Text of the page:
Jerry Robinson, comics rights activist and creator of Batman villain The Joker, passed away in his sleep on Wednesday night at the age of 89 years old.
I hate writing articles like this, not only because it means that a creator whose work mattered to me as a reader and not only because he was a man for whom I have the utmost respect, but also because it’s impossible for me to do this man justice with anything I say about him. I cannot stress enough the importance of the creation of a character like The Joker and what kind of influence that has had on the comic book industry.
But it’s not just that. Robinson didn’t just create one of the most important characters of all time. It’s not just that he was one of the architects of the Golden Age of comics thus creating the comic book industry as we know it. I love Batman and that is undoubtedly a result of Jerry Robinson’s involvement with the character. But it’s not that simple. Jerry Robinson was an advocate for the rights of creators within the industry to protect them from corporate interest and doing whatever it is that he could to make sure that writers and artists were compensated for the contributions.
But it’s not even that simple, either. In recent years, Jerry Robinson became one of the last living creators of the Golden Age. In the convention circuit, the man spoke about the industry, the early days of Batman, and many more topics that provided readers, fans, journalists, and creators of enthralling behind the scenes stories of the comic book industry. So, in a very real way, conventions will always feel like they are missing something from now on. But it’s simply unfair to try and quantify his influence and presence in the industry into a story about his passing. The man did so much with his gifts and made sure that others did as well, but all of my words still seem very much on the surface. The point is that a great man has passed away, and it’s incredibly sad for a variety of reasons. He deserves a far better tribute than what I can offer.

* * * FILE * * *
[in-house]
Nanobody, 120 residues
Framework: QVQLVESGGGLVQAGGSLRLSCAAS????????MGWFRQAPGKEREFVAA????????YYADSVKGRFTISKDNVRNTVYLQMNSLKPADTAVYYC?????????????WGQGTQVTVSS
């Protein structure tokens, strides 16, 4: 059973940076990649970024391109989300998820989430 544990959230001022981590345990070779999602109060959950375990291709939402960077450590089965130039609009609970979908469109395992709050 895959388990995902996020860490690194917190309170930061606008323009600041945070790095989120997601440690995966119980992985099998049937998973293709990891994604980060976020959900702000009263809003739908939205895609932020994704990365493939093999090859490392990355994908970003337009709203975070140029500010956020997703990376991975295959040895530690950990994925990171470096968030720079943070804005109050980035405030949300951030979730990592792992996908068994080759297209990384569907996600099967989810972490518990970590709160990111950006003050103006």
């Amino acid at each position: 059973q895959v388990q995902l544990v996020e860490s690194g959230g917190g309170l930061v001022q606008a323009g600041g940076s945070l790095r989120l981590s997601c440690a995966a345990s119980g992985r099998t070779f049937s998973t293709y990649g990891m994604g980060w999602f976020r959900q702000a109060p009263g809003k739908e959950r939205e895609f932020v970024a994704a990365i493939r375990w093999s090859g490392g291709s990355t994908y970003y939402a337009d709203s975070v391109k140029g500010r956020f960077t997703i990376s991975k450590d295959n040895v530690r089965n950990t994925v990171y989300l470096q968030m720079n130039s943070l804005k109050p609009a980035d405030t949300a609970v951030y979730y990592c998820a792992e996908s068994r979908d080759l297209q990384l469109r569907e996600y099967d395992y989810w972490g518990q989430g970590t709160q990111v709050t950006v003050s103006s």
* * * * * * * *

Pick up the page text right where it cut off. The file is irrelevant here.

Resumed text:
Jerry Robinson is without a doubt an inspiration to readers, creators, and activists alike, and he will most definitely be missed by all that know him or have felt the influence of his work.
[Source: Comics Beat]